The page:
The title of Master Sommelier is about as elite as it gets. The small enamel pins marking the status are the product of years of work, natural ability, a ton of studying, and passing grades on some insane exams. This weekend, the Court of Master Sommeliers inducted a diverse group of five into their ranks.
Helga Schroeder, Carlos Simoes, Pierre Brunelli, Svetoslav Manolev, and Toru Takamatsu were dubbed Master Sommeliers after the final round of testing held at Stift Klosterneuburg wine school and monastery.
The group includes a number of milestones. Schroeder represents Germany’s first female MS. Simoes is only the second MS from Portugal. Manolev is Bulgaria’s first MS. The mercurial Takamatsu is Japan’s first MS—and at the age of 24-Years-old to boot.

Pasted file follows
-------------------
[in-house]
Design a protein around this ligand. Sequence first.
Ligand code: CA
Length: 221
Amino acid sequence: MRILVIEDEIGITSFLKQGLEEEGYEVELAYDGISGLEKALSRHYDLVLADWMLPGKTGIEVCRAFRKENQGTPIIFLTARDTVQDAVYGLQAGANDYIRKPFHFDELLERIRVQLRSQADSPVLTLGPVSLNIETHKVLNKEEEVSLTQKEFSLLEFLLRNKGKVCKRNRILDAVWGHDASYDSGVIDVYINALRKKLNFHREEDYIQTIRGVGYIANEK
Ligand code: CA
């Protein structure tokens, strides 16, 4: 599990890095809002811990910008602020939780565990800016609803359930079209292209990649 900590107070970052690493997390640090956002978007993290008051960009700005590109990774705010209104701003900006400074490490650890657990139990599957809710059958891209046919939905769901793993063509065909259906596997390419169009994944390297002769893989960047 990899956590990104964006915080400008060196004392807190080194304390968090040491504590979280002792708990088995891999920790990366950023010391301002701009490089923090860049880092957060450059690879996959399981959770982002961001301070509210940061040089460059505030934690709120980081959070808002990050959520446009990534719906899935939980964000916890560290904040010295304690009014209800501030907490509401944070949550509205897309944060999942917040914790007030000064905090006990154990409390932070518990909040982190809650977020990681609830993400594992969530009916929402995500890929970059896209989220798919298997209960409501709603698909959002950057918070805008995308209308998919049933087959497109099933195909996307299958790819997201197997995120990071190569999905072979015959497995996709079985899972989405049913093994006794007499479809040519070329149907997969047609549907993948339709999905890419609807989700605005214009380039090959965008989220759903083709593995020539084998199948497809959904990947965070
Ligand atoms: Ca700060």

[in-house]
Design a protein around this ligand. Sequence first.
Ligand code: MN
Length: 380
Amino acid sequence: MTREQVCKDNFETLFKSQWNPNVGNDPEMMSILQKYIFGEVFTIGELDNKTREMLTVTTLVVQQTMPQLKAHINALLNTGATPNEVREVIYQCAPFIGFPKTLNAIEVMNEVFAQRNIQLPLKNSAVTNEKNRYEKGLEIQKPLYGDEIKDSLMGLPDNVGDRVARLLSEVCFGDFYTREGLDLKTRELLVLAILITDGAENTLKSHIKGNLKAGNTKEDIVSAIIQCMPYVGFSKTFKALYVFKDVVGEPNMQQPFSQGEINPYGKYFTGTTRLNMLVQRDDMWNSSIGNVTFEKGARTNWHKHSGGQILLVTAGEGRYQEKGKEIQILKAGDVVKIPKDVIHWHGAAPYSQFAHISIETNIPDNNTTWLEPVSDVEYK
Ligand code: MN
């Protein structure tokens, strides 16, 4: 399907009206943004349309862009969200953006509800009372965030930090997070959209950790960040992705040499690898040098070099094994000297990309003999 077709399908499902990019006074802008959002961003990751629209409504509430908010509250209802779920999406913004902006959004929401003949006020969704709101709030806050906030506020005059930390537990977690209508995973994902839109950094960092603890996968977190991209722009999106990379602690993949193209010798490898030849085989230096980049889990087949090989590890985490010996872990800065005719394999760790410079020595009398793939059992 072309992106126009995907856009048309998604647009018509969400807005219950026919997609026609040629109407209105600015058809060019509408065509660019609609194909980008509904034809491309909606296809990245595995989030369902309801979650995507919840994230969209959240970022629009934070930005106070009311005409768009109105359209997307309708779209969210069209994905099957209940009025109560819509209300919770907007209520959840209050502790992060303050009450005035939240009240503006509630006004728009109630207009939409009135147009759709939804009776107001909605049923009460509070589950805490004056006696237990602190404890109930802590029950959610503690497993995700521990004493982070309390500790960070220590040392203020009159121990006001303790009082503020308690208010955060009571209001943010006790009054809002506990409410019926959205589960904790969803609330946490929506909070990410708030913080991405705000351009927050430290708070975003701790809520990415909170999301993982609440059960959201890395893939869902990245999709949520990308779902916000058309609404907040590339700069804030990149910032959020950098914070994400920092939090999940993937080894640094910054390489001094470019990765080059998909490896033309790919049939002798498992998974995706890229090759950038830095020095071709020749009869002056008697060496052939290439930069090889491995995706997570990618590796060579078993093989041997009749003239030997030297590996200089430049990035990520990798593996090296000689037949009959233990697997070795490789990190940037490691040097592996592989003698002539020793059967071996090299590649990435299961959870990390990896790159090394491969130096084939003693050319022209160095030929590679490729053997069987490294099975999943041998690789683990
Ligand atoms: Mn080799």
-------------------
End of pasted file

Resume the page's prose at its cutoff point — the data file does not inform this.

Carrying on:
The five newly minted MS’s emerged from a field of 16. The passing percentage was also unusually high. On average, less than one person passes a year. For example, the last round yielded zero new MS’s.
The MS designation requires passing three sections: theory, tasting and practical. The practical element includes focuses on service. Specifically, candidates are put through mock service scenarios with attention paid to details from proper pouring to customer interaction.
Somms that passed the practical end were invite to Austria for the remains two sections. (If one splits their scores, they can carry over a pass and retake the failed section the fallowing year.)
The tasting section consisted a three reds and three whites. In the blind tasting, candidates were expected to identify region, varietals, and several other key descriptors. The theory section involved an oral exam that tackles everything from wine laws to storage issues.
Including the new inductees, there are only 262 Master Sommeliers in the world.